Apart from that I was working on sketchbook and I found a way to control nylon yarn to form it into an actual sample and not just a rolled knit - I placed some wire underneath. This allows me to fully control shapes of the sample and create an effect of a nylon mist-like textile piece wrapped around the body. This is good, because that way of manipulating the textile piece reminds me of painting the air with a fabric- so like bonotto wants to do. It is also a combination of machine production-industrialism because of the wire used or nylon and hand work when combined with nalbinding. I was developing the shilouettes from all samples and shapes I had and I was making the shilouettes more organized by adding elements of previous draping - my tutor suggested me to do that and I think it's a really good idea because it allows me to develop my ideas in a more precised way yet having a connection between all experimentation I have made.
Evaluation of this stage of the project:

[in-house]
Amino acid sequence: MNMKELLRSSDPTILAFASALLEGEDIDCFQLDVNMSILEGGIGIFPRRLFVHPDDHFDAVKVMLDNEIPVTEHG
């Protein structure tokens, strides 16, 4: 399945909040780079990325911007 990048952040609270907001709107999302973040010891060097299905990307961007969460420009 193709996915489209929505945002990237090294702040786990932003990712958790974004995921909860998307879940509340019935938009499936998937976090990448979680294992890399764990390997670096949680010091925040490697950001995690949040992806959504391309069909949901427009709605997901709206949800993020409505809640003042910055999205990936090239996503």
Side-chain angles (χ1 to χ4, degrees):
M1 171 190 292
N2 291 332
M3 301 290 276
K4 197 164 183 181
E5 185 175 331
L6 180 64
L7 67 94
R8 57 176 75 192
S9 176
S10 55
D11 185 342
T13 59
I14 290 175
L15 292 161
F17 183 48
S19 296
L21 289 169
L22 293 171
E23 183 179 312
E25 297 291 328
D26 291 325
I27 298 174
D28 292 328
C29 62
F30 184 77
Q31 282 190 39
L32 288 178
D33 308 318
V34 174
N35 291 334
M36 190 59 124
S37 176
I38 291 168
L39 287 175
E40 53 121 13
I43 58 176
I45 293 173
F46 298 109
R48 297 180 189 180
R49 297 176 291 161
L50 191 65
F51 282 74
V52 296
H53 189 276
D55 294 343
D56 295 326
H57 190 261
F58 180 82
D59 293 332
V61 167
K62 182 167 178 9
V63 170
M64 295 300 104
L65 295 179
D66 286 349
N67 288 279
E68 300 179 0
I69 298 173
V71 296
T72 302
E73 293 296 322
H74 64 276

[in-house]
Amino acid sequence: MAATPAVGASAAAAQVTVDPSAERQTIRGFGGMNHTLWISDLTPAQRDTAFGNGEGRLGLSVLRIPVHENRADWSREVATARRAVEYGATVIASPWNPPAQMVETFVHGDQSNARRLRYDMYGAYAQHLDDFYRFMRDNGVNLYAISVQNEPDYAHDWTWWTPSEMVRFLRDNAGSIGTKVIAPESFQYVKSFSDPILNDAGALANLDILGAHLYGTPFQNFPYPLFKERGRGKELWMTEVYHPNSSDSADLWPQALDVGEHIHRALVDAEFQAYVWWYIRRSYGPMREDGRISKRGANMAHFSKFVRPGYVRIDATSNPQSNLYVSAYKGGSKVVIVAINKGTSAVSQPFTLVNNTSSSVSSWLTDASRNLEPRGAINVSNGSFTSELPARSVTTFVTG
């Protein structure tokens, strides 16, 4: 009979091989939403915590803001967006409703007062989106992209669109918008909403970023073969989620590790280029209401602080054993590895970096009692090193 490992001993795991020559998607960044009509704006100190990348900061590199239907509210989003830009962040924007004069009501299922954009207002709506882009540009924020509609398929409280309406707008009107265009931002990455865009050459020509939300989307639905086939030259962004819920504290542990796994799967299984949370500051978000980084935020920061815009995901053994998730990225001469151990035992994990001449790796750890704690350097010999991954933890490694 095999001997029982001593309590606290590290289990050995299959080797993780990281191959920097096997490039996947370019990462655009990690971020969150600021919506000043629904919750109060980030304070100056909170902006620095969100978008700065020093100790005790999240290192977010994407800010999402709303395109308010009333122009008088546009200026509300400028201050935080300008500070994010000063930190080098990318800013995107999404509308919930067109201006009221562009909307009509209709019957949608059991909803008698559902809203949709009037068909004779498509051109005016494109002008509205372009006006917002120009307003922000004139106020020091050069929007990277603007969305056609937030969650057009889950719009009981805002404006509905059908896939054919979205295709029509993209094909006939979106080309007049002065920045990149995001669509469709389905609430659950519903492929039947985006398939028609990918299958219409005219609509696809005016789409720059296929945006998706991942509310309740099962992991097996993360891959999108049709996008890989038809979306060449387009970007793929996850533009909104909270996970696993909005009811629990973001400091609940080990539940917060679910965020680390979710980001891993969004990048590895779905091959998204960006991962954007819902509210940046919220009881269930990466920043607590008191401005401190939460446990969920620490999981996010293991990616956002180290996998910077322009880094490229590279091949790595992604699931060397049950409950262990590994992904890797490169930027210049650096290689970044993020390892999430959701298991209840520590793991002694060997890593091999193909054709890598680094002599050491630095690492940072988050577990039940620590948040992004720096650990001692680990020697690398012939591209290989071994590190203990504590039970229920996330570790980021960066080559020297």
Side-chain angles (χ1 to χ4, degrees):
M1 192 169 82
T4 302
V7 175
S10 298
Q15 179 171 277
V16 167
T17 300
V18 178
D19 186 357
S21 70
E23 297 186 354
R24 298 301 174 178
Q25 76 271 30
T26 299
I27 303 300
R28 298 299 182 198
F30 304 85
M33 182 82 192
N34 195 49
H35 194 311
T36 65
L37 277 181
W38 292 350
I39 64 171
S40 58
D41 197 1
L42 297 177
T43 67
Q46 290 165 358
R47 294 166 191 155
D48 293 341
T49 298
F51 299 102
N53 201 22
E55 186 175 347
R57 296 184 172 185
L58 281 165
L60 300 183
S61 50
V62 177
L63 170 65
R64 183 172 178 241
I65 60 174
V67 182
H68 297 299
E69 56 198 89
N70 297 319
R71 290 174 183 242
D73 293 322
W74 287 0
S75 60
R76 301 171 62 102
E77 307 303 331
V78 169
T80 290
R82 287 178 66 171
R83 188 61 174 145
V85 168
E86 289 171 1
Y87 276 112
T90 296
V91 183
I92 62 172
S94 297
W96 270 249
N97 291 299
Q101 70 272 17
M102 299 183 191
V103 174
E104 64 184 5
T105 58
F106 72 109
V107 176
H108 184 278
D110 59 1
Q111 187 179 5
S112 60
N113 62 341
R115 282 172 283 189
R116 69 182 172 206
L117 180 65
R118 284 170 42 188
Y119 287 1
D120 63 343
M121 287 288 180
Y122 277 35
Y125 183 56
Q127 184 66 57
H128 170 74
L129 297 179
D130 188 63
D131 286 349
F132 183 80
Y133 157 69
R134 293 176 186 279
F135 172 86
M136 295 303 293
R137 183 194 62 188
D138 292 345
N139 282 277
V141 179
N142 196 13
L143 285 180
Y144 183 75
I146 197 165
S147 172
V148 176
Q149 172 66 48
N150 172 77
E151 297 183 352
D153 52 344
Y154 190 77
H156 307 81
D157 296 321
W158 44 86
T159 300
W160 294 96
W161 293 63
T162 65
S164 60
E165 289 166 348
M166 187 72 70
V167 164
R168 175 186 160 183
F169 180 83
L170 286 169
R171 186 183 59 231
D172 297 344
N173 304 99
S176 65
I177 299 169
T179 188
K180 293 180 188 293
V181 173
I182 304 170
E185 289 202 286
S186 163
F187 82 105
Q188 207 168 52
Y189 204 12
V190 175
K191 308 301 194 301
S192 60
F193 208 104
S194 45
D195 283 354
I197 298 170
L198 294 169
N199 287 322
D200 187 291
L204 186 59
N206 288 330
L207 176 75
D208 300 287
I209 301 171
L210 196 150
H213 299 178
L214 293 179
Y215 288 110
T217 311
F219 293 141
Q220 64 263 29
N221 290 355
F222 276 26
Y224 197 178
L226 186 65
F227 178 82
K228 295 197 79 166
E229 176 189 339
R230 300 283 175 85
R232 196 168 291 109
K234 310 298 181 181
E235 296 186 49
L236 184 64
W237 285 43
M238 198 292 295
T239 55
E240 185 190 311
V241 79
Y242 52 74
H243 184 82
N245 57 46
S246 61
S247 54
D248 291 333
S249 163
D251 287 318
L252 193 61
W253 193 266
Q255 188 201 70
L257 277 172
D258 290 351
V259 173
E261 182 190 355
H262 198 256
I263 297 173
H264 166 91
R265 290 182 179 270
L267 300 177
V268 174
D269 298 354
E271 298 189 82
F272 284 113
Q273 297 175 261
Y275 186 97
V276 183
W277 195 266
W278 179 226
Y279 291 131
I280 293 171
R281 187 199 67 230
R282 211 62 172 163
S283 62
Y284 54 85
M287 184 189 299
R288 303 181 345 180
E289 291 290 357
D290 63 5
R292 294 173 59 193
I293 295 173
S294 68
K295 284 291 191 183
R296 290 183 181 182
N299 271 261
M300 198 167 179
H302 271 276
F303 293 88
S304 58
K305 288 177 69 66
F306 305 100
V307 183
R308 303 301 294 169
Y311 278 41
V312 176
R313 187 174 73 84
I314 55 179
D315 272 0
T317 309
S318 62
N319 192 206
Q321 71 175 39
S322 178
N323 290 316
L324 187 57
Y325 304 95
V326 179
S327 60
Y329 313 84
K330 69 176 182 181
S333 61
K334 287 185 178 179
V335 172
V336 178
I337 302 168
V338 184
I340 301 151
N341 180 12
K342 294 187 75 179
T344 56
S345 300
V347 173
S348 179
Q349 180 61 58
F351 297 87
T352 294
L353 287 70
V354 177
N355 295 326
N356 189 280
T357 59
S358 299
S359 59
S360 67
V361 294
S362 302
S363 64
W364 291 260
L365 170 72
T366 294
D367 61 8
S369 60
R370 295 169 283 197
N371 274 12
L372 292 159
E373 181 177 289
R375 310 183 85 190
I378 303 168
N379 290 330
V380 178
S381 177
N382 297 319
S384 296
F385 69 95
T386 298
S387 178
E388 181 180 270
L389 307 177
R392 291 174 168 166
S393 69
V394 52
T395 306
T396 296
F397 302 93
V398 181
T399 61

What went well?
I know how to approach feedback in a more thoughtful way - I am the one that makes decisions and surely I have to consider all suggestions I get but only when having in mind my purposes for the project which are:
- To define own approach to slow and sustainable fashion
- To use craft based techniques
- To deepen the perception of craft in modern fashion design
- To question the values of mass and polluting production and present a sustainable option for it
- To highlight the problem of air pollution
- To explore the tension between human and machine, craft and mass production.
It's quite a lot but most of these is about same things. This order is not suggesting that any of these is more important than the other, all of that is important and I am the one to realize that by effective editing of work produced and self evaluation with consideration of any feedback I get.
What did not go well?
I did not have time to get the tutorial on research too, just to make sure that everything works before Easter break.
How can I move on from now?
Do more development, samples and on the body draping and develop that. More samples could be good too. I already have a collection of samples for this project alongside some developed ideas but I think I could do more.
Julia Magdalena Labis has not chosen a license for this content.